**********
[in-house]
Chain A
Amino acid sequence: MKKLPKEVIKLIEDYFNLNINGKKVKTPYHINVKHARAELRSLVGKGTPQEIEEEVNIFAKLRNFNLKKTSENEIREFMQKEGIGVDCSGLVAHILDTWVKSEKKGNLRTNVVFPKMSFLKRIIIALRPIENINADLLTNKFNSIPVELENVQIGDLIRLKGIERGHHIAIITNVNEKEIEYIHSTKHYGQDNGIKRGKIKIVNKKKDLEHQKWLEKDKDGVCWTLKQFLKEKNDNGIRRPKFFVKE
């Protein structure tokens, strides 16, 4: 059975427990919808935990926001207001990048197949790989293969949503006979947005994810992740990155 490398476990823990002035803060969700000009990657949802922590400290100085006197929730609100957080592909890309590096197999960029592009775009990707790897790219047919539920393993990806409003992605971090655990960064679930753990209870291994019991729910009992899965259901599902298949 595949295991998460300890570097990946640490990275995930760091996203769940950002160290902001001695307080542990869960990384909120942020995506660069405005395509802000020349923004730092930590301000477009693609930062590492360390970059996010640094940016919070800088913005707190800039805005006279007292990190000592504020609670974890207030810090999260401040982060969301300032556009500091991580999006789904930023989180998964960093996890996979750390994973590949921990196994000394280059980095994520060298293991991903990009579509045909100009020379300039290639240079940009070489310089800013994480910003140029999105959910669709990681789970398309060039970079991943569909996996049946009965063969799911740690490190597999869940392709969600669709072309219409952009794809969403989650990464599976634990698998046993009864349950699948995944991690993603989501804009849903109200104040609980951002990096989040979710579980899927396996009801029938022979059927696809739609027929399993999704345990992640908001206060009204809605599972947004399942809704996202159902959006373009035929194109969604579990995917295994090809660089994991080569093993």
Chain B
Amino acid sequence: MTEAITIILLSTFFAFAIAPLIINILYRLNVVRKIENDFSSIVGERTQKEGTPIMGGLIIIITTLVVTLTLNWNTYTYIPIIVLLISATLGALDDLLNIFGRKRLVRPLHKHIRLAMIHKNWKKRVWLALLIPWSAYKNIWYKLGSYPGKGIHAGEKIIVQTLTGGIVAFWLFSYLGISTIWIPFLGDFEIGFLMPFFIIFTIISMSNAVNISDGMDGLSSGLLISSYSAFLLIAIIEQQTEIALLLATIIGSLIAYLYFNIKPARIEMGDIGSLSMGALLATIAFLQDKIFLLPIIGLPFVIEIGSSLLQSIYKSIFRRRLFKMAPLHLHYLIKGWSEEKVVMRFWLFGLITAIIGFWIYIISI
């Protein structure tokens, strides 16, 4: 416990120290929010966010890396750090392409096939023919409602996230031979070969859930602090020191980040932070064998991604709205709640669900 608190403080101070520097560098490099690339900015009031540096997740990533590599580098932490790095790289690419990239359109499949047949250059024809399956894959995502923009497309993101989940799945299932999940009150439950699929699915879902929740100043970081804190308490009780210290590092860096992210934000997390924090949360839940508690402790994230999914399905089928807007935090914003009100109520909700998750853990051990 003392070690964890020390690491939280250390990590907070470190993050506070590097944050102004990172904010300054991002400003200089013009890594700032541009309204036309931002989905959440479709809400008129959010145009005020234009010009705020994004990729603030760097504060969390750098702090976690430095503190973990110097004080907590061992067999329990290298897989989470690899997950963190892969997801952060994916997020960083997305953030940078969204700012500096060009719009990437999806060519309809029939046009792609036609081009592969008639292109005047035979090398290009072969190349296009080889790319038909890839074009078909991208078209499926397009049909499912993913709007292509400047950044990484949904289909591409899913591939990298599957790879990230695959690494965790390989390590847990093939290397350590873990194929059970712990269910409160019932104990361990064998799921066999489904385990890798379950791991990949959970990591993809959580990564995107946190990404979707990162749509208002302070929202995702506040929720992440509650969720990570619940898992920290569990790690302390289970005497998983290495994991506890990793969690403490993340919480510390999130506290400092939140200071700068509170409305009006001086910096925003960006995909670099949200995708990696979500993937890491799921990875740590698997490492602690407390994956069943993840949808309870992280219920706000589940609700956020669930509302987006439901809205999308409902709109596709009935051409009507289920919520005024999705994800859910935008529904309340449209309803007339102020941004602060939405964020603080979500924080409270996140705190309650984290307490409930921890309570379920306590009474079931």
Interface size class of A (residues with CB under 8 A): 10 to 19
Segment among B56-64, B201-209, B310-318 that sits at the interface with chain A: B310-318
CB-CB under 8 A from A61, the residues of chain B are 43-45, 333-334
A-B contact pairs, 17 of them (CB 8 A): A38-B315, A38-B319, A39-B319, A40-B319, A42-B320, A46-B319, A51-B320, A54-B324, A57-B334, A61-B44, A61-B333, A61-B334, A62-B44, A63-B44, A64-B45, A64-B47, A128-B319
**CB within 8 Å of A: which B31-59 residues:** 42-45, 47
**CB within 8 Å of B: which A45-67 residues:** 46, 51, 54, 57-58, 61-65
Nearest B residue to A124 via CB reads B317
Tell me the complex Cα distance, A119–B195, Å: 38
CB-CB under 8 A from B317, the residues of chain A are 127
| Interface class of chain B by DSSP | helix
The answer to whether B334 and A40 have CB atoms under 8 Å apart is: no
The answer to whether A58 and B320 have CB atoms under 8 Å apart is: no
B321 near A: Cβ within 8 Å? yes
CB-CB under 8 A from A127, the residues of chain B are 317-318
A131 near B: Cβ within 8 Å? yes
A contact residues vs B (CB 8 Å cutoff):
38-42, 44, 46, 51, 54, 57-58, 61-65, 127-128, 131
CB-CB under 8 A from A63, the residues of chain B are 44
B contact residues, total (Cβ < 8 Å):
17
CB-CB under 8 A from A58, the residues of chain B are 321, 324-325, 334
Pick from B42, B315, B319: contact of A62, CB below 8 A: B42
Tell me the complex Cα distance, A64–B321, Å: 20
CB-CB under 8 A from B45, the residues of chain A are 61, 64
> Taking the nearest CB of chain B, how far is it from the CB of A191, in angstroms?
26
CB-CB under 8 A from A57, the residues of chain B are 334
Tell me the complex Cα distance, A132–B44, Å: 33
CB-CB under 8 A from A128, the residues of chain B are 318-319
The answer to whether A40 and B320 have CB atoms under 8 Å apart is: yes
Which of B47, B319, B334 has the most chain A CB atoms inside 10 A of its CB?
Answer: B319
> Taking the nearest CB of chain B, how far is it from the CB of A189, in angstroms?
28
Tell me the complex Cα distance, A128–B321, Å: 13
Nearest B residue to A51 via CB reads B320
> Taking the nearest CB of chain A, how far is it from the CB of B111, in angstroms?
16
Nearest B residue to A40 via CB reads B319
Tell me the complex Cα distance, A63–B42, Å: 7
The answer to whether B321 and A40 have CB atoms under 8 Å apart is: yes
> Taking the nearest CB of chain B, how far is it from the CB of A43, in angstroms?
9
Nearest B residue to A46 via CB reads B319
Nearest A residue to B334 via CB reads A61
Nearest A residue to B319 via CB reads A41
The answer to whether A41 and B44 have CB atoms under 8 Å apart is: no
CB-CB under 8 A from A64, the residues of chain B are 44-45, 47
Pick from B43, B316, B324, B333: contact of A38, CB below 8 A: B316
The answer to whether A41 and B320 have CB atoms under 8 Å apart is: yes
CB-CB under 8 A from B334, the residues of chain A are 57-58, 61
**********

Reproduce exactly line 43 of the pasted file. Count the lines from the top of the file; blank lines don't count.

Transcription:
Nearest B residue to A51 via CB reads B320